The Hub (SUB II), 4
April 03, 2005, 08:00 PM to 07:00 PM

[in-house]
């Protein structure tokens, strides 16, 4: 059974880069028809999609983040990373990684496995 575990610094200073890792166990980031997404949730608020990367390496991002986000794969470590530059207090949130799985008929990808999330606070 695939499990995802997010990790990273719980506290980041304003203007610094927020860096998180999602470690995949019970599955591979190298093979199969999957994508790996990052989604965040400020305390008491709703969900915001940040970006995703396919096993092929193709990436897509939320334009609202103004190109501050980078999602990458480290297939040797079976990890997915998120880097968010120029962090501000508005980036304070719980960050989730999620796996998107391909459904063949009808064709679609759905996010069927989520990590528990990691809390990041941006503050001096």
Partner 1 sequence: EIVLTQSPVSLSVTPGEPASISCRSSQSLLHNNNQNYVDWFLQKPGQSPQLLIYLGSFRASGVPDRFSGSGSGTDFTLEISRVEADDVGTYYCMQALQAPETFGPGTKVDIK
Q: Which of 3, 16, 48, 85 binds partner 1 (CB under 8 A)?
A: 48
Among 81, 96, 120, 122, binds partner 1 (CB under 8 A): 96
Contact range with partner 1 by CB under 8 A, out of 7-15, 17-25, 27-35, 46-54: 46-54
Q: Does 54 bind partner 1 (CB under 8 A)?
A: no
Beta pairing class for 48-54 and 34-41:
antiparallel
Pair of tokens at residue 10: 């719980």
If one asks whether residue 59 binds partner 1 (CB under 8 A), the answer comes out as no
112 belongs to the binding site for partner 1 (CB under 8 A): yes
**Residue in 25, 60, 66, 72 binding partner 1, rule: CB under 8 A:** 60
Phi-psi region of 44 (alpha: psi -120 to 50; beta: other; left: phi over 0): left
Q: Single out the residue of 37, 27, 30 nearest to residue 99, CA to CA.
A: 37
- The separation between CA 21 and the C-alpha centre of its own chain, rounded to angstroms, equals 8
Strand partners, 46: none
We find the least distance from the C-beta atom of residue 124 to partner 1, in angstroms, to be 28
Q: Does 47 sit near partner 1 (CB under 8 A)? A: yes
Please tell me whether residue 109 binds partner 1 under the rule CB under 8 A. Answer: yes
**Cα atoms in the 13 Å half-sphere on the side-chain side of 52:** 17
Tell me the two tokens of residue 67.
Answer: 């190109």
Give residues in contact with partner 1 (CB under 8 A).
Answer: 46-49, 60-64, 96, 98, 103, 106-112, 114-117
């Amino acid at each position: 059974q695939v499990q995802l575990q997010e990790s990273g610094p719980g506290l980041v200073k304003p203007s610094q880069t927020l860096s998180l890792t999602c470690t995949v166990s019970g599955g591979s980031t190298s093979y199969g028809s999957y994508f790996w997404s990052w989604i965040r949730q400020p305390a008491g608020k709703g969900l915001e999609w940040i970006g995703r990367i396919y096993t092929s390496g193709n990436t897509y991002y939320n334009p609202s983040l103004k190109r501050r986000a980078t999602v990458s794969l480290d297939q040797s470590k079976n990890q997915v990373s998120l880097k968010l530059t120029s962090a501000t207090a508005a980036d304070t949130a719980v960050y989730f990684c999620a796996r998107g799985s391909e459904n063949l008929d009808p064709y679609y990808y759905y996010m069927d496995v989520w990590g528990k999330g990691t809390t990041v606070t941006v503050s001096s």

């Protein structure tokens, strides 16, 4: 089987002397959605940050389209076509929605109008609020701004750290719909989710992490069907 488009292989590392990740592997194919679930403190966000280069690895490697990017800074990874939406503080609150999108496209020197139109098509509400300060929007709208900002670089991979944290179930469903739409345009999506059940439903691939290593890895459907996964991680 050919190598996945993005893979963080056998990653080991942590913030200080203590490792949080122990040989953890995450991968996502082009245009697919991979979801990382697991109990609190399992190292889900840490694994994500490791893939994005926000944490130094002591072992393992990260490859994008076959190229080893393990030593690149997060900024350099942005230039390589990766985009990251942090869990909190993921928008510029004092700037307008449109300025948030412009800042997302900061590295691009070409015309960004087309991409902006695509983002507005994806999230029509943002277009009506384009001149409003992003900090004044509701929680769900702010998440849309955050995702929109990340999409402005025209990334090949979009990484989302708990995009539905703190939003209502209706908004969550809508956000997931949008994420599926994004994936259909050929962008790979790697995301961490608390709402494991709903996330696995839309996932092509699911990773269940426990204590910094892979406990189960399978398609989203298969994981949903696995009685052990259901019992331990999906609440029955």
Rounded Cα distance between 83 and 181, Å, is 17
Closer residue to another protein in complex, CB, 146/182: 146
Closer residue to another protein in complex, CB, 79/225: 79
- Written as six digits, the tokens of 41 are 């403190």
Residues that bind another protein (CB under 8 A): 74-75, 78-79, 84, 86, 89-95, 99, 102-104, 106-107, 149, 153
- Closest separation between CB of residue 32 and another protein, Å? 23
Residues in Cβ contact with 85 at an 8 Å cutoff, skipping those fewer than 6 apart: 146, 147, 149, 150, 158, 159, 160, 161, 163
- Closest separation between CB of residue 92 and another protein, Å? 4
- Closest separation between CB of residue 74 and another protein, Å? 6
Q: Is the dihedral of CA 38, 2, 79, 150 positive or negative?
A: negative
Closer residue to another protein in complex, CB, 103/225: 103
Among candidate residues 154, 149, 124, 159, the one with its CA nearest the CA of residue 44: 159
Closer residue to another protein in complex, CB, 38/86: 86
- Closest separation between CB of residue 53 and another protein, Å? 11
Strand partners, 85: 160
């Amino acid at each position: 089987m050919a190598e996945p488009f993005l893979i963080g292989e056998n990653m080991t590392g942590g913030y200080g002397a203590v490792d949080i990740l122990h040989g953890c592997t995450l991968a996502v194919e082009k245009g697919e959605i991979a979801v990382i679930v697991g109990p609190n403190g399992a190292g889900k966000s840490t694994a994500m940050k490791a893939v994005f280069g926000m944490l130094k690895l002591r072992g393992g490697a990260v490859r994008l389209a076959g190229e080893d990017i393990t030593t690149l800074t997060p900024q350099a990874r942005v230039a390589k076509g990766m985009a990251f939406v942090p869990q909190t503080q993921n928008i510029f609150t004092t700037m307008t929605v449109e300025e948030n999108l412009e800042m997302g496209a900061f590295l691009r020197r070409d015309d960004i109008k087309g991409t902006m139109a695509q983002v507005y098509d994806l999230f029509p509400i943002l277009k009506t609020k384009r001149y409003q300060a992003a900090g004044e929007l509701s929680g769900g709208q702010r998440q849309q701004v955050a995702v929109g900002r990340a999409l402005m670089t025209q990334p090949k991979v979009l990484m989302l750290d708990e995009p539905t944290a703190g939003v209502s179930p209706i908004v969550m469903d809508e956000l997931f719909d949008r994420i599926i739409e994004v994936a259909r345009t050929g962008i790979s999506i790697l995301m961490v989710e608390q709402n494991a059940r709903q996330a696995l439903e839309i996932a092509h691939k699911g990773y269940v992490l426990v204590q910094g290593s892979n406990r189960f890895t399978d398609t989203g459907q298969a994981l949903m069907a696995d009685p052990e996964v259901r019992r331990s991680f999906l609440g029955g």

There is little information about the psychological and academic adjustment of children from refugee families in the U.S. Yet, it seems clear that refugee children and children born in the U.S. to refugee parents are at risk for developing psychological and academic difficulties (Berman, 2001). This study examines the psychological adjustment of children from refugee families from Sierra Leone (S.L.), a country in Western Africa whose refugee population in the U.S. has yet to be the focus of empirical research. Seventy-four children (51 born in S.L.) and a parent/guardian completed surveys assessing demographic information and trauma exposure. Also, all children completed paper and pencil measures of attributional style, psychological functioning, and academic ability. Children reported being exposed to more war-related traumatic events for longer periods of time than their parents. While many children displayed psychological adjustment, attribution style, and academic difficulties, differences between children born in S.L. and the U.S. were not apparent. Furthermore, attributional style, parental trauma exposure, and child trauma exposure were shown to predict Sierra Leonnean children?s psychological adjustment in the U.S. Findings from this study are described in terms of their implications for future research and child refugee resettlement policies.